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British Treasury’s ‘Fun Fact’ About Compensation to British Slave Owners Quickly Backfires

Treasury Slave Tweet

The Treasury’s tweet sparked so much backlash, it had to be removed. (Image courtesy of Twitter)

The British Treasury came under fire this month after a tweet revealing that British taxpayers in 2015 were still paying off debt borrowed by the government to compensate slave owners in 1833, RT reported.

The damning revelation came to light under a Freedom of Information Act (FOIA) request, after which the Treasury disclosed that the £20 million ($28 million) the government spent to reimburse some of Britain’s richest businessmen, who also happened to own slaves, took taxpayers nearly 200 years to pay off.

“Here’s today’s surprising #FridayFact,” the Treasury tweeted on Feb. 10. “Millions of you helped end slave trade through your taxes.”

The tweet, which was accompanied by an infographic, explained that Britain used 40 percent of its national budget to buy the freedom of all slaves in the empire. However, the amount borrowed for the Slavery Abolition Act was so great that took until 2015 to pay it all off.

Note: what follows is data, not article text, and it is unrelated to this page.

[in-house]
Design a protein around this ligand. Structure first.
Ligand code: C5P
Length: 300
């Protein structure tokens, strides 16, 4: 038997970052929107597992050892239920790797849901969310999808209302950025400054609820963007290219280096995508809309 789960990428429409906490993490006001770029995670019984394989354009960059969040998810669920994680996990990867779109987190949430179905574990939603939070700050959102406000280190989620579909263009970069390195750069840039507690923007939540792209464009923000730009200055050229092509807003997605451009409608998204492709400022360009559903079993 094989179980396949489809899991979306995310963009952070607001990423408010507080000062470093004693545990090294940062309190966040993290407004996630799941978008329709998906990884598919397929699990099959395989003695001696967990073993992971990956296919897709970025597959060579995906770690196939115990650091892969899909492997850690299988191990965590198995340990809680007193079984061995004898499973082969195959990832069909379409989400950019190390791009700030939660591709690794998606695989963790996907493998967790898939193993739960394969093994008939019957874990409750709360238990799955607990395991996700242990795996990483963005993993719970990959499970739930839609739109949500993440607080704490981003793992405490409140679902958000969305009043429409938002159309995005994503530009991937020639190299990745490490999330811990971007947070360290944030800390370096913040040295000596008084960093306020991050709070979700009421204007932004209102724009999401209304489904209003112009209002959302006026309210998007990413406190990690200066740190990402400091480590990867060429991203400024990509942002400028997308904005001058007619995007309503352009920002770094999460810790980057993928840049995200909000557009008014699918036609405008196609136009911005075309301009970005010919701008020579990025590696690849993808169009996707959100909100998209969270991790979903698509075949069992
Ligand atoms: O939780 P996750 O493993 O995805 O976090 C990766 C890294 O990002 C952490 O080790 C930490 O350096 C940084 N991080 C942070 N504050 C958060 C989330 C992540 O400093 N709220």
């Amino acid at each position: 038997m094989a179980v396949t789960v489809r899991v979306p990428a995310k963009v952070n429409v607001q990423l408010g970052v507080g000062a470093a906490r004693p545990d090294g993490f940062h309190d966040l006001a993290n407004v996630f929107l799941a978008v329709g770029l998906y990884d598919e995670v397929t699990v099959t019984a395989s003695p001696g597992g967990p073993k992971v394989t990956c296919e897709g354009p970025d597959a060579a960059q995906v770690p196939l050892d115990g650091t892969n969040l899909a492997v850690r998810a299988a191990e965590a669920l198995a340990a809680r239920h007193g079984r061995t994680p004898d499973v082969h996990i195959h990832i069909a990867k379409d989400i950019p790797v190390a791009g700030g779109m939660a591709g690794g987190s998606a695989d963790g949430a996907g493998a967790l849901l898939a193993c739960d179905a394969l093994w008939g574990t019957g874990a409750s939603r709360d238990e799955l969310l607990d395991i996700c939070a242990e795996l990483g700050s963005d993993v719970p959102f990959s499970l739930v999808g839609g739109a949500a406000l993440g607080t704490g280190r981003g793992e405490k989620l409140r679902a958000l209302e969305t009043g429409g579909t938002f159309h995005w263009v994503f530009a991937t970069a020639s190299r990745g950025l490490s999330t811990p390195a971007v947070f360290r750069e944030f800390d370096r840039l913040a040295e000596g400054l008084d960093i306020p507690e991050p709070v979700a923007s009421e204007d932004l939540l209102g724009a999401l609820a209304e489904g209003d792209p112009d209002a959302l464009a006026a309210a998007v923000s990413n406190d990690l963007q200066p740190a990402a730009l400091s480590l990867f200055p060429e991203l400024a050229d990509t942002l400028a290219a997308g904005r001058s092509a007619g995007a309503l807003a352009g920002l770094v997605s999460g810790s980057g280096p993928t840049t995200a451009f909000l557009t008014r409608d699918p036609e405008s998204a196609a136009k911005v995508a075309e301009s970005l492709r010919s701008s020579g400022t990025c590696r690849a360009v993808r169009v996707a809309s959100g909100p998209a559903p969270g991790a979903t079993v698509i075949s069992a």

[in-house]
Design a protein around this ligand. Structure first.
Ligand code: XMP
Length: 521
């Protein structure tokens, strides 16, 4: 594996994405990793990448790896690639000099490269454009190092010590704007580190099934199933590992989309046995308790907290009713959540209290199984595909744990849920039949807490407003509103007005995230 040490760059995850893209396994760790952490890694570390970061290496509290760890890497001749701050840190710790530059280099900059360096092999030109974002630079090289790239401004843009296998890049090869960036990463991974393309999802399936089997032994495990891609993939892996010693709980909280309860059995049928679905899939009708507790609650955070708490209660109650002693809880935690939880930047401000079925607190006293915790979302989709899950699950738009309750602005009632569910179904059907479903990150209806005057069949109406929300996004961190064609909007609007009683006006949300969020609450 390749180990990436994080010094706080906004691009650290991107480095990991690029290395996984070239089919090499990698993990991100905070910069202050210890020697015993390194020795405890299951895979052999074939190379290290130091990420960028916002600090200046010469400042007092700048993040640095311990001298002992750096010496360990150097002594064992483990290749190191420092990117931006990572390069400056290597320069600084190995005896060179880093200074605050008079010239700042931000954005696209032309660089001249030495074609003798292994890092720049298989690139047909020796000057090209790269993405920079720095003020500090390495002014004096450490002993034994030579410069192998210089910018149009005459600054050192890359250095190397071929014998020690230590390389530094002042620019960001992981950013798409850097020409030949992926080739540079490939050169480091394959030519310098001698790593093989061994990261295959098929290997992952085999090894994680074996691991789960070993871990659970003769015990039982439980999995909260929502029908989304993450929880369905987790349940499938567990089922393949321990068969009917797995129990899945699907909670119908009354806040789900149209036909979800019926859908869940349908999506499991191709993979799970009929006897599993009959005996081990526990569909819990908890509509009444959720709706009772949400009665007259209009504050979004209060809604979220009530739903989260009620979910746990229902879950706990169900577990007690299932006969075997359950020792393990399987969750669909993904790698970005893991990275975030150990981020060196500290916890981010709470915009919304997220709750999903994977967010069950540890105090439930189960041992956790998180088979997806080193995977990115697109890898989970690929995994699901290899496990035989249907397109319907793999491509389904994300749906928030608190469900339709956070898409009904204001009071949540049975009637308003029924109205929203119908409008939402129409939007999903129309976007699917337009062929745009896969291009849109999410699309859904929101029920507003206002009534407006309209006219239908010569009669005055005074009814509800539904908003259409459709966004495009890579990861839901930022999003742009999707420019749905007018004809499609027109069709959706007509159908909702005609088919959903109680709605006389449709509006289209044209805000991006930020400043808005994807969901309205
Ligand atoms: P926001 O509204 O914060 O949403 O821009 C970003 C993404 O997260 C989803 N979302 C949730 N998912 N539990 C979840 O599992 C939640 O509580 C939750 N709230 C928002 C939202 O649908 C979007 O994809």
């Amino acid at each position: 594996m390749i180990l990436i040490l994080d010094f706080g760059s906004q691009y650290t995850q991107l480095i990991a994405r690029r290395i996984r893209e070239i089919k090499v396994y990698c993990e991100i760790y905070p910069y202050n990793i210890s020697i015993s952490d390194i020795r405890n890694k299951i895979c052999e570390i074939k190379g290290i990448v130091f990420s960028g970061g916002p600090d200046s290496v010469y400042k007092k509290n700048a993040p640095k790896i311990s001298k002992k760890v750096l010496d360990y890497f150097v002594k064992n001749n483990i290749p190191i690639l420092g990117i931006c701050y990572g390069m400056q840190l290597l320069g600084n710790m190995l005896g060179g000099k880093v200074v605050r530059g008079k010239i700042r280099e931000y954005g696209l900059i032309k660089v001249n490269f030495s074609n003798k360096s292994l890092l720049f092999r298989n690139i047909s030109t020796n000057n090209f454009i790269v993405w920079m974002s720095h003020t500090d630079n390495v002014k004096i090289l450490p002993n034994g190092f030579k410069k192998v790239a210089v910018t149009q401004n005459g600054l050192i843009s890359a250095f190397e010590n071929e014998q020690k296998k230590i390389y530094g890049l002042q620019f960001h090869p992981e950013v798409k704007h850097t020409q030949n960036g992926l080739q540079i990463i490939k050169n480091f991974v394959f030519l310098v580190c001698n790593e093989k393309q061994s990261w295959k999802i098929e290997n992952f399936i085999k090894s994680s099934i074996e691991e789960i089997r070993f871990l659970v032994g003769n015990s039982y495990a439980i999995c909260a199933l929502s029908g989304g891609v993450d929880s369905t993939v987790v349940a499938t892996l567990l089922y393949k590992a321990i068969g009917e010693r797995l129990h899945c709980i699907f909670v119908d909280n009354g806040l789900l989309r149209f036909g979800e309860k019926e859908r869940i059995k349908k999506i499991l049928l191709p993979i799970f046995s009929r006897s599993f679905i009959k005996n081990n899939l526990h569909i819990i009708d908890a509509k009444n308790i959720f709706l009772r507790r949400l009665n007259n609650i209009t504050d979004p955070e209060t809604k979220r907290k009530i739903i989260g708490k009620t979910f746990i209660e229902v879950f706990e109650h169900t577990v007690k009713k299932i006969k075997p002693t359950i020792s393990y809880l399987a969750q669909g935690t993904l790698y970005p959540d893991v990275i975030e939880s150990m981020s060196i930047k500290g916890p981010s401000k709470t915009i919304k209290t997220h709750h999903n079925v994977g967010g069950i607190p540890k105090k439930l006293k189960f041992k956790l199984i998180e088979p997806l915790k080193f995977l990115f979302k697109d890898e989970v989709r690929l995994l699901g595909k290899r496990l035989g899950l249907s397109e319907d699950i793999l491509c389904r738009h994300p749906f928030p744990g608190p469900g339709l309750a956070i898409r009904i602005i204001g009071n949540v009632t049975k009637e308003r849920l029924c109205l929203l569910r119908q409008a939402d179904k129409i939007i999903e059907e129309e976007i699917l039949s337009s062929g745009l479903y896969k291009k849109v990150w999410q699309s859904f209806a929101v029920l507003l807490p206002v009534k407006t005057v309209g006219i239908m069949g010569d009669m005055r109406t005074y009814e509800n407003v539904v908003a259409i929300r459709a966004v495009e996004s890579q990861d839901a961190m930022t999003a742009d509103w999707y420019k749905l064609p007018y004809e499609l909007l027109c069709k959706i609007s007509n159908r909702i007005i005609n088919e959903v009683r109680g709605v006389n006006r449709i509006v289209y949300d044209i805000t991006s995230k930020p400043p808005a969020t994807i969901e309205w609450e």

“[This] means that living British citizens helped pay to end the slave trade,” the tweet added.

Social media users were not amused. The post received so much backlash that the Treasury was forced to take it down. However, the damage had already been done.

Some users pointed to the fact that slave descendants were never granted reparations, yet were likely paying taxes to compensate slave owners. Others were angered by the lighthearted language of the post in general.

“The real question is why anyone thought this was ok?” historian David Olusoga, who has written about the British slave trade, told the Bristol Post. “I really do think we’re getting better at accepting the UK’s role in slavery and the slave trade, but things like this make me question my optimism.”

“Also, just to compound the general level of ignorance, when HM Treasury reduce the complex story of the abolition of slavery to one of their fun ‘Friday Facts’ they use an irrelevant image of the slave trade – which was abolished three decades earlier,” he added.

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